“I knew it.” A faint echo of a voice told him. It seemed so far away, the room seemed far away. Everything felt so far away, “I told you. Didn’t I? There is no hope. Do you think she remembers you? Do you think she cares what happens to you? I’d bet that she’s moved on by now. She’s found a man to settle down with. She’s had children. She hasn’t thought about you like you have ached over the years for her. And now you’re going to die; and for what?”

   “For her, for everything I’ve lived for, fought for, and even died for.” He said through clenched teeth, biting back the pain. He could no longer feel his fingers, his hand was going numb, and his arm was burning in pain, “I don’t matter.”

   “So be it.” Another voice, this one delicate, not the other, cutting voice, but much more familiar, loving, affectionate, resonated from within his mind. No, not from within, almost, but no, it came from the direction of his hand, the heart, “Find your sister, my son.”

   The brilliant burgundy light flashed and flickered into a profoundly deep cobalt blue-it was only then that he saw the resemblance of this light to the frozen, watery depths of that vast Zealian Ocean which he had spent the last seven or eight fortnights immersed within-that filled the room with its own dazzling intensity. The Cave of Time flickered out of existence, and all was that vivid blue, rushing past him in every direction. His scythe now seized in his right hand, his pack of odds and ends tucked at his side, and the now fading heart still held-now much more gently-in his left hand.

   He continued to watch as his mother’s heart quietly disappeared from all existence. A rhyme he had long forgot that his sister had recited at their father’s wake came suddenly into his mind. Before even that, their mother had whispered it so softly into each of their ears on their fifth year, so soothingly, like they were still newborn babes.

“Live another day.
Fight another fight.
Struggle against the darkness,
Do it for the light.

If you stop,
Before your last breath,
You’re living naught.
You’re living death.

So be brave.
Be of sound mind.
Endure life’s jolts,
Tolerate the grind.

Live and love,
Forget your hate.
Peace is with you.
Don’t yield to fate.

The Black Wind will blow,
And then you will know.
The dark may fight,
But so too will your light.”

   The blue light was giving way. It was opening up, into another world, another time. Where was it, and more importantly, when was it? Everything seemed so unfamiliar now. The heart was gone, but his powers weren’t fully restored. He didn’t even know if they would be restored. For all he knew, some evil beasts could be lurking around the next bend. His left arm lay slack at his side. He could still no longer feel his fingers, but the dullness was very slowly and agonizingly departing.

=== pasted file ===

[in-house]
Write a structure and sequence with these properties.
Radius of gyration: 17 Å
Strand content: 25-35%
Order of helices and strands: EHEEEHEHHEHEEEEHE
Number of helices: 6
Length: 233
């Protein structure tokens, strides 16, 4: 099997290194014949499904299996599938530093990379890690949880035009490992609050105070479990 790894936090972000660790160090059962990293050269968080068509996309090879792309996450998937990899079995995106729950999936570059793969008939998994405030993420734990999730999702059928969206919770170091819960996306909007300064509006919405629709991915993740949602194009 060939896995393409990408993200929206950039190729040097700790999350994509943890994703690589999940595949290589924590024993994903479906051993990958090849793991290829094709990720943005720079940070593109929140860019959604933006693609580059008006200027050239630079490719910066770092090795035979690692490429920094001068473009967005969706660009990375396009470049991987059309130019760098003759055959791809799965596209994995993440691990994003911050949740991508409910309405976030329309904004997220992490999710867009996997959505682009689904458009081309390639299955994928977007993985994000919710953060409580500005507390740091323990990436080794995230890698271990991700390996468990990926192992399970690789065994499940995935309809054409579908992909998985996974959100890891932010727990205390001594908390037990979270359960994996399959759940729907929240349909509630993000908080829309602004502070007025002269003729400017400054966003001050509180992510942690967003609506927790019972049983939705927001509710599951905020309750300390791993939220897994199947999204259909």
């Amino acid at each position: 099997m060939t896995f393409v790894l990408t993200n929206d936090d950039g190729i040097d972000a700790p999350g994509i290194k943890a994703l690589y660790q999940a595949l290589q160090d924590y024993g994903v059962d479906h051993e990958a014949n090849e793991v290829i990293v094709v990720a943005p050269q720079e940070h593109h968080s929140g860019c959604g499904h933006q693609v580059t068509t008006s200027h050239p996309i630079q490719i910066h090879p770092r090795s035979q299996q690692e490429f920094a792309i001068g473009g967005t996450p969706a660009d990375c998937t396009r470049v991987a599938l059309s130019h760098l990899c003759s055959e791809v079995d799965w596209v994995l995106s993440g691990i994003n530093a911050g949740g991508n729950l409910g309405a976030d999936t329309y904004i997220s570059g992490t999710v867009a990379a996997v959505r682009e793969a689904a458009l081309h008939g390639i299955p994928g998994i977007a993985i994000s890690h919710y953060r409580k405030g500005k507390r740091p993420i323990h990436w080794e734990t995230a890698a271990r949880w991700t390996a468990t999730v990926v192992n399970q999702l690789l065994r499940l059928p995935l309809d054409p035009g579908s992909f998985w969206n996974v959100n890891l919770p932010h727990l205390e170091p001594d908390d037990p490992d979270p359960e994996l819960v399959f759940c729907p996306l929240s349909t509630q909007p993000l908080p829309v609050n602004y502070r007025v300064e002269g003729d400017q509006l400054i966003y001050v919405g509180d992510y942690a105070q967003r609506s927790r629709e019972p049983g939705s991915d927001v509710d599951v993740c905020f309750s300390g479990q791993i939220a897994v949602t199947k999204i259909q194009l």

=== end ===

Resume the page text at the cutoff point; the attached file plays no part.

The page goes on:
In its place, sharp, hot pins and needles seemed to strike every part of his arm, burning straight to the nerves. He let out a small dissatisfied grunt, with a scowl spread across his face, before he passed out and struck the hard surface of the ground. Was it rock, compact dirt, cement, or metal?

   There was no time for that. There didn’t seem to ever be enough time for much of anything anymore. A trickle of blood ran down his temple and clotted in the light blue hair of his brow. He could no longer tell or be bothered in knowing or not knowing.

   If the past is to alter...So be it.

Author's Notes

Okay, so there's the beginning of my very first Fanfic (yippy! i've reached Nerddom...Nerdom? Nerd-dom...whatever)! I wrote this first chapter in a flurry (one day! that's surprising for me, especially with the amount of effort I feel I put into this). I feel like explaining lots of things right now though.

*Some of this may or may not be Spoiler-friendly to the future of my fic, there's more definate spoilers at a lower part of this humongous three part thread*

The title of the entire fic is "Magness". I know, I know "ANOTHER" fanfic about Magus, but I hope you enjoy it/read it. As I was pondering what to do with Magus, I thought about driving him insane (the title is 1 part Magus and 1 part Madness for ou slow learners out there). His quest so far seemed fairly nutso already. He had accomplished his goal of defeating Lavos, but had yet to actually find his sister. I thought about making an entire quest where he finds her, but ends up that he had much earlier gone insane and was living this dream inside some kind of hospital. Although then I hit a block: hospital in 1200BC? So I re-thought things and we have "Magness" as it is currently.

Mainly it's around the same, although I doubt that it'll end with him in an insane asylum...Now, with this story, I've pulled out all the stops. I've already put in PLENTY of subterfuged references to both CT & CC, as you undoubtably read, and plenty of other crapola as well.